Cairo’s homosexuality posed one of the biggest obstacles to securing overall approval of the picture. Hammett didn’t mince words in the novel. “This guy is queer,” says Sam Spade’s secretary as she hands him an engraved card bearing his name - Mr Joel Cairo. He speaks in a “high-pitched thin voice,” carries “gaily colored silk handkerchiefs fragrant of chypre,” and walks in “mincing, bobbing steps.” … Hal Wallis realised that American audiences - not to mention the Hays Office - were not ready for a candid look at homosexuality, which traditionally drew laughs and jeers out front.
After seeing Lorre’s first day’s work, Wallis dashed off a memo to Huston: “Don’t try and get a nancy quality into him, because if you do we will have trouble with the picture.” Huston bent to Breen’s will. In the scene, Effie presents Cairo’s calling card to a bemused Spade, who holds it to his nose.
“Gardenia,” says Effie.
“Quick, darling, in with him,” replies Spade.
The rest Huston left to Lorre’s subtlety and the viewer’s imagination.
The svelte 137-pound Lorre who stepped before the camera seemed younger, fitter, swifter. More was asked of him and he asked more of himself. The role was the best of its kind to come his way in years and Lorre knew it.
“I’d often shoot a scene with Peter and find it quite satisfactory, nothing more,” recalled Huston -
But then I would see it on the screen in rushes and discover it to be far better than what I had perceived on the set. Some subtlety of expression was seen by the camera and recorded by the microphone that the naked eye and ear did not get. He’d be doing little things that the camera close on him would pick up that standing a few feet away you wouldn’t see. It was underplaying; it was a play that you would see if you were close to him, as a close-up, as a camera is close. Things would flicker there and burn up slightly, like a lamp, and then dim down, and come on again. You’re watching something as if it were in motion.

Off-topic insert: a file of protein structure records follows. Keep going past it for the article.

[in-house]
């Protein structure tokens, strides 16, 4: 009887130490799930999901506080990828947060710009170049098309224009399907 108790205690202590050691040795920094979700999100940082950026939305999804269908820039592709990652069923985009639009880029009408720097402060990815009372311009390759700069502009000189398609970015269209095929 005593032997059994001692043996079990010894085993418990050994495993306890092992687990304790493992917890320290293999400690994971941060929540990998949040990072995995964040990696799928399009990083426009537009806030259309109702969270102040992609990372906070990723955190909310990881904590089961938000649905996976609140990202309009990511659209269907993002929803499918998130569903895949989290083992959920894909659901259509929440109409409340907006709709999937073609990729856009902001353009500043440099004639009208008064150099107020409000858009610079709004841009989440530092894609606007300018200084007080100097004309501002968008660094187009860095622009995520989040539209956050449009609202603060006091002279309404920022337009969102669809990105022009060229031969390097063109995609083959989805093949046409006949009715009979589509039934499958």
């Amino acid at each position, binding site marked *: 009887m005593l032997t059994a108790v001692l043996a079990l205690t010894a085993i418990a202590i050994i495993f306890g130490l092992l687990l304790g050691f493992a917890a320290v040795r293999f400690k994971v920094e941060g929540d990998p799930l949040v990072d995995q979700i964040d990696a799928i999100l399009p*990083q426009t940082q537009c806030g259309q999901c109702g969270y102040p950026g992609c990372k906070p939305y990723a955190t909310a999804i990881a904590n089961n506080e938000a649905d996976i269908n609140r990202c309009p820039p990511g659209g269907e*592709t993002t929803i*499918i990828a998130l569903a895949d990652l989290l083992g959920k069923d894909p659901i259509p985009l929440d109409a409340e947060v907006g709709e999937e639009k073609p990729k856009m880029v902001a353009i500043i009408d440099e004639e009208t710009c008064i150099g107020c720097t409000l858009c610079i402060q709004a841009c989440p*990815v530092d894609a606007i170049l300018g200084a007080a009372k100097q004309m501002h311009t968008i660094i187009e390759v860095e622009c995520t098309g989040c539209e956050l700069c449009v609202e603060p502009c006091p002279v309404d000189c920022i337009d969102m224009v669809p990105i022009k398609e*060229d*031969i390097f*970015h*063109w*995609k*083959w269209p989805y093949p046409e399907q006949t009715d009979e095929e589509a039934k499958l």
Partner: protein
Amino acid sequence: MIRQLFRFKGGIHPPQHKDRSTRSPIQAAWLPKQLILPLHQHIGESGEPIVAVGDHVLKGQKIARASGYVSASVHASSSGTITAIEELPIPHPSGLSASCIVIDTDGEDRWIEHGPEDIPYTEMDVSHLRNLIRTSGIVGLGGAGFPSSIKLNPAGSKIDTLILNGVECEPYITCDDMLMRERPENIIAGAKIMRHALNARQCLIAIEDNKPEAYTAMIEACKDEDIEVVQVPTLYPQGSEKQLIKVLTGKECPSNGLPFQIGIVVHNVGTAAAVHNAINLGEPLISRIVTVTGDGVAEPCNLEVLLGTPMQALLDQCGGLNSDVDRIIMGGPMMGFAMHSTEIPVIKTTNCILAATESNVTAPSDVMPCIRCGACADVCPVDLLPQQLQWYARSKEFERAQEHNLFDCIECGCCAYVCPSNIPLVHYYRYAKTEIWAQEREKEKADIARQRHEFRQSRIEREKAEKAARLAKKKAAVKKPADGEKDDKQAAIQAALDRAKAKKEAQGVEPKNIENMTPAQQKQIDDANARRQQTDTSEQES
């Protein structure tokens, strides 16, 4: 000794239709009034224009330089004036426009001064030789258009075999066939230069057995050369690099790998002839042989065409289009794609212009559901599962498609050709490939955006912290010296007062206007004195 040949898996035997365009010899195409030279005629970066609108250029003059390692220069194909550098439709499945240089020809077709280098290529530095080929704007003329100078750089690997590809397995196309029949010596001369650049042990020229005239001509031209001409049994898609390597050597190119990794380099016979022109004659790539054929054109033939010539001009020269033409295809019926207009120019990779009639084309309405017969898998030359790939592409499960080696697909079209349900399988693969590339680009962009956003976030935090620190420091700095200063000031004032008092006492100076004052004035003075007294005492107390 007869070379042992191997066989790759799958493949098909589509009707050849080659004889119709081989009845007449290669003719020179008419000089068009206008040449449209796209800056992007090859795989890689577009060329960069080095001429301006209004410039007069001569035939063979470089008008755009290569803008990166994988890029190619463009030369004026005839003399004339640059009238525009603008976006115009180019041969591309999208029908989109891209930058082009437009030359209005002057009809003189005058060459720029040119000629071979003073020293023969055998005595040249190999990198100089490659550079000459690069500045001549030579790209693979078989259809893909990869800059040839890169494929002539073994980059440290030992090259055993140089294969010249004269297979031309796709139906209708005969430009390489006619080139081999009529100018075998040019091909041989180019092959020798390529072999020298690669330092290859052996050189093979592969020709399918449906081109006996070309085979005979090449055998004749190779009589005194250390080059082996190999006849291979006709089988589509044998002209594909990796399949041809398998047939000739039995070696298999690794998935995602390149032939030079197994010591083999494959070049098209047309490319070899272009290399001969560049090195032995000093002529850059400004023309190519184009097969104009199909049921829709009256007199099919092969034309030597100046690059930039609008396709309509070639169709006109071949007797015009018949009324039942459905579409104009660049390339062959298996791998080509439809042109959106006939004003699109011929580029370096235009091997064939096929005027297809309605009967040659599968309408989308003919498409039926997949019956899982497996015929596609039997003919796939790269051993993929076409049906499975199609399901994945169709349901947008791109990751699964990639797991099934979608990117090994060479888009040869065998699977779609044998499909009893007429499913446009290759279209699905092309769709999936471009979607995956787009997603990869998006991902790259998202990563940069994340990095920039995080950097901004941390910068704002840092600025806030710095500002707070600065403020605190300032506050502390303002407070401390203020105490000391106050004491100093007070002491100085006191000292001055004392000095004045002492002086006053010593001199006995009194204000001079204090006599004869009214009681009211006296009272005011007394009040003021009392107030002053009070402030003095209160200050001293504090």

from The Lost One: A Life of Peter Lorre -Stephen D Youngkin
Ed is a simple, very easy going, grounded guy. And Ed is an incredibly talented song writer, musician and performer, way more out of the ordinary than we’re used to. Ed is also ambitious, self confident and aware of his possibilities, determined to be as successful as his talent allows him to be.
Excuse me, I’ll be here counting to 5.297 while I look for reasons why any of this should be considered a problem.
what are the connections of nicole dollanganger's "in the land" to david parker ray? could you explain them?
she doesn’t explicitly like say his name or anything in the song, but when i first heard it i knew a few things were definitely about him! the lyrics that relate to him are “hell has a name, ‘satans den’, got a lock on the trailer, got the tape recorder in, he’s gonna strap her to the table, pull apart her legs, and pull her soul out of the body that it’s in”. in david’s trailer where he would (mainly sexually) torture his victims, there was a sign on the wall that said “satans den”, when victims woke up in his trailer he would play a tape for them he made extensively detailing what he was going to do to them while they were in his power. he had a gynaecologists table that he would strap them to for the torture ; there are pictures of his trailer + a very long transcript of the tapes if u want, personally i found them hard to read and look at though! sorry that this answer is long! i hope i explained it well :-) 💐